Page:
Is it something you grew up with? I did. I guess it's one of those things where you assume it's just 'what everybody does', until my friends staying for dinner in my teen years started commenting on how different that was....or maybe they meant, how different/weird my family was?!?! Who knows, haha!
Family mealtimes weres something Mark and I wanted to continue when we had our own kiddos. Baby led weaning helped make that a natural transition even when the kids were tiny as they could feed themselves, and so easily joined the family table. And yes, dinner time slowly crept backwards from 7.30pm to the positively nursing-home time of 5.30pm. Ok, sometimes even closer to five!
Sidenote: eating this early definitely resets your body clock. When friends want to go out to dinner at 7 or 8pm, I am quietly appalled and pretty much gnawing my own arm off by the time that hour rolls around!!! #sad
Why family mealtimes matter...
There are all kinds of benefits to family mealtimes. Honestly, the benefits can be far richer and deeper and more long lasting than seem possible in those crazy moments of tired kids, stressed parents, rushed evenings and chaotic dinner scenes. It may seem like there is no way it's so valuable in those moments! Yet there is all kinds of research around the long lasting value of family meals. A regular time to connect as a family, a seemingly simple routine, helps form a sense of family identity that is so powerful!
A short list of benefits to family meal times according to the research (based on eating together as a family 4-5 times a week)...
- Increased overall sense of family identity and connection
- Children more likely to do well in school, have a better vocabulary, have greater overall wellbeing, less anxiety, and accept parental boundaries
- Children less likely to do drugs, be obese, develop eating disorders, and hide things from their parents
- Children more likely to eat well, with a more varied diet and and a healthy ongoing relationship with food.
- Children learn conversational skills, develop a greater sense of self and learn how to develop and share opinions.
Now let's be honest, in the 'early years', family dinner time is not always a tranquil and leisurely affair. Guaranteed at least one person is crying sometime throughout dinner, amiright?? Food is dropped (or thrown). Children run wailing to their beds. Passionate discussions about 'food preferences' (ahem!) are had. And so on... If you live life with little kids, you know the drill!!! All I can say is.... press on. Persevere. Even when it's chaotic, the mere routine of family meals provides a sense of stability and family connection to your children. And it's a chance for them to learn and grow! And in the midst of the chaos, there will be slices of heaven where you will stop and look around the table at your clan and think... 'Wow. My family! How blessed we are!'.
It's just good to be together and to take stock of that. Slowly and surely, the snippets of real conversation, laughter and happy chatter emerge and extend. And you know what?? Even the tantrums, the tears and the challenging behaviours are authentic parts of the fabric of family life too. As weird as it sounds, it's okay that the dinner table is sometimes going to be the training ground for working through some of those tough things. Persevere. It gets better. It takes practise, and that's ok. Slowly you have to get up from the table to fetch things less than 12,533 times!!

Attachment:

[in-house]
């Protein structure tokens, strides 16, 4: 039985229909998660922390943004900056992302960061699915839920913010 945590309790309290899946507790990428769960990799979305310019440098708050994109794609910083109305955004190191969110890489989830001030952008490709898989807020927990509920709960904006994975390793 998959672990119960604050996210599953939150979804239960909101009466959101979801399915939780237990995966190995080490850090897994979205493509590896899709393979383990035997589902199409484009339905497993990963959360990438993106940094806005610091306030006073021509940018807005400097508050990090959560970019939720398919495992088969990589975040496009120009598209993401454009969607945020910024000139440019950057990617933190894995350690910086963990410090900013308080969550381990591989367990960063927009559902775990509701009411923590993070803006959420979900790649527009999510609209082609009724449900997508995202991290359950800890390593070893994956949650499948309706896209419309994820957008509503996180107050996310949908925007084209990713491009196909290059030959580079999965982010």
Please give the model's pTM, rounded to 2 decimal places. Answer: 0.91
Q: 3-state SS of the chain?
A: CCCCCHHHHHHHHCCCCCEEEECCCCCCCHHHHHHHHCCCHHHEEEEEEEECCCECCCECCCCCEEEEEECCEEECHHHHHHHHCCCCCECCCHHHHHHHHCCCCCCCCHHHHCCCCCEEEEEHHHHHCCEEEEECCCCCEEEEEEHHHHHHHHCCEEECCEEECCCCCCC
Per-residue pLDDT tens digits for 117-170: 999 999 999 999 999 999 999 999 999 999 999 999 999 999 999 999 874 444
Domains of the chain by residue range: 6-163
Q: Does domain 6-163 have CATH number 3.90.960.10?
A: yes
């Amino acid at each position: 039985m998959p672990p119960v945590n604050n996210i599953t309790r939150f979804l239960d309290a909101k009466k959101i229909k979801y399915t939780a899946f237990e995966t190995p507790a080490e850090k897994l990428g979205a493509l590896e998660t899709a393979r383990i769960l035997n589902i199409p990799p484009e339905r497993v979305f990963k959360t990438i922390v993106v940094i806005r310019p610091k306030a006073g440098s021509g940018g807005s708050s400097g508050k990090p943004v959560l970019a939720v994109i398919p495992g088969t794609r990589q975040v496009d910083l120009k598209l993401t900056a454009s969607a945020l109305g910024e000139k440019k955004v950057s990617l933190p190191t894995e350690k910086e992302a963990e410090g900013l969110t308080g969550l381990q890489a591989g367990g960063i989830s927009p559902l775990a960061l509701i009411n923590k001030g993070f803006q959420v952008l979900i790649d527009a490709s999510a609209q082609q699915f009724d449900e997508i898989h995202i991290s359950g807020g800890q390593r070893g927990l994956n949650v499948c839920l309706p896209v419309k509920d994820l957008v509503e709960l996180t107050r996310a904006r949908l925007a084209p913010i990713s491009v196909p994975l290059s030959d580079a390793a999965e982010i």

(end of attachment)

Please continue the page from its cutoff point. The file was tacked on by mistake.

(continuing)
Some of your greatest memories will be of moments that organically emerge while gathered around that crumb-strewn family table. They are your people. Mess and all. It's worth it.
A disclaimer (of course).
I totally get that family dinner times are not realistic for everyone. We are blessed that we can make it work for us... my hubby moved jobs a few years ago, largely in order to make sure he could be home in time for dinner with the kids - it was a pretty big family priority for us! But I know that it's simply not realistic or doable for everyone, especially when some parents are not getting home till way past dinner or even bedtime or studying or working at night, etc. But if family meal times sound like a deal you want to get in on, think outside the box to make it work for your tribe. Maybe a family breakfast is more realistic? It may be short and sweet but it would be a great way to start the day together! Maybe weekdays are just too hectic but over the weekend you are able to all gather around a table for every meal? Start with what you can and hopefully it can grow. I've even heard of families where the kids need to eat dinner earlier, but sit at the dinner table again when the working parent gets home, with a drink of milk or some little nibbles, so everyone can chat together while the parents have their dinner. Think outside the box and hopefully you can come up with a workable arrangement :)
If you are committed to making family meal times work for you, I wanted to share a few ideas on how to make that precious time even more meaningful for your family, if and when you feel you are keen to 'build on' to the basics!! I love the idea of maximising this daily ritual. These ideas are all things we do or have done. Not all at the same time, usually!!! ;) Some things might just work for a season. We may do one or two things a night for a few weeks or months, then try something new. Often factoring the age of the kids and how tired we all are too of course. These are things that worked for us. Run with them, and cut them to size for your tribe!
And if nothing else, just eat together. You may all be slurping soup in silence, there may be complaints and squabbles but trust me... the ritual itself has value. Little moments of sweetness will pop up, treasured moments and conversations and family memories will emerge. Even if the only basic requirement is that your whole clan gathers around the table to consume food and beverage, even if it's takeaway or leftovers, it's still worth it. And the more you persevere, the better it will get as everyone comes to accept this 'compulsory family fun' haha!
Five Ways to Make Family Dinners More Meaningful
1. 'Highs and Lows'